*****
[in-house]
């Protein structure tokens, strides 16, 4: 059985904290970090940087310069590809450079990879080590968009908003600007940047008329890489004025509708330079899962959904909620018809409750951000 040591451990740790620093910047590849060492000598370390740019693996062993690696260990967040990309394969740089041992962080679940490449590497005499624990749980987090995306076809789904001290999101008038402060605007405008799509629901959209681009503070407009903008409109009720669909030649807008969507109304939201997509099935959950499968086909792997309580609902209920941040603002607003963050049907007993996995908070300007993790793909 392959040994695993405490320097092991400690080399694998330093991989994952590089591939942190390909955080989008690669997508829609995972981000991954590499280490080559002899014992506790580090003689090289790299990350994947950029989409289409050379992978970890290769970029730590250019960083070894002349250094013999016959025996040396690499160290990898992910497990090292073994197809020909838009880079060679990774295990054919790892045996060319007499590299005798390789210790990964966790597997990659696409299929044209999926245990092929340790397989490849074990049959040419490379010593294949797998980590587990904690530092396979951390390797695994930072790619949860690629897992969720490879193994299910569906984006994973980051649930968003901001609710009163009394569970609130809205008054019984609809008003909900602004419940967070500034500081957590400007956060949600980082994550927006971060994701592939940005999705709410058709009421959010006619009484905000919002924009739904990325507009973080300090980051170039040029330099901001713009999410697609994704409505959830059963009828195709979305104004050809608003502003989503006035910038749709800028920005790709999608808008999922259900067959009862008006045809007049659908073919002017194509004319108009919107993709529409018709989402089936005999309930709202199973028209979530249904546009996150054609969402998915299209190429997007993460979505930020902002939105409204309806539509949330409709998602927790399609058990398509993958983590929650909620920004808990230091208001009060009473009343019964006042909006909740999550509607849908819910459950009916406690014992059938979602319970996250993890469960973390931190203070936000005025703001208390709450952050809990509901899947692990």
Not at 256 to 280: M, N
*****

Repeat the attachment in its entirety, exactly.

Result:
[in-house]
């Protein structure tokens, strides 16, 4: 059985904290970090940087310069590809450079990879080590968009908003600007940047008329890489004025509708330079899962959904909620018809409750951000 040591451990740790620093910047590849060492000598370390740019693996062993690696260990967040990309394969740089041992962080679940490449590497005499624990749980987090995306076809789904001290999101008038402060605007405008799509629901959209681009503070407009903008409109009720669909030649807008969507109304939201997509099935959950499968086909792997309580609902209920941040603002607003963050049907007993996995908070300007993790793909 392959040994695993405490320097092991400690080399694998330093991989994952590089591939942190390909955080989008690669997508829609995972981000991954590499280490080559002899014992506790580090003689090289790299990350994947950029989409289409050379992978970890290769970029730590250019960083070894002349250094013999016959025996040396690499160290990898992910497990090292073994197809020909838009880079060679990774295990054919790892045996060319007499590299005798390789210790990964966790597997990659696409299929044209999926245990092929340790397989490849074990049959040419490379010593294949797998980590587990904690530092396979951390390797695994930072790619949860690629897992969720490879193994299910569906984006994973980051649930968003901001609710009163009394569970609130809205008054019984609809008003909900602004419940967070500034500081957590400007956060949600980082994550927006971060994701592939940005999705709410058709009421959010006619009484905000919002924009739904990325507009973080300090980051170039040029330099901001713009999410697609994704409505959830059963009828195709979305104004050809608003502003989503006035910038749709800028920005790709999608808008999922259900067959009862008006045809007049659908073919002017194509004319108009919107993709529409018709989402089936005999309930709202199973028209979530249904546009996150054609969402998915299209190429997007993460979505930020902002939105409204309806539509949330409709998602927790399609058990398509993958983590929650909620920004808990230091208001009060009473009343019964006042909006909740999550509607849908819910459950009916406690014992059938979602319970996250993890469960973390931190203070936000005025703001208390709450952050809990509901899947692990």
Not at 256 to 280: M, N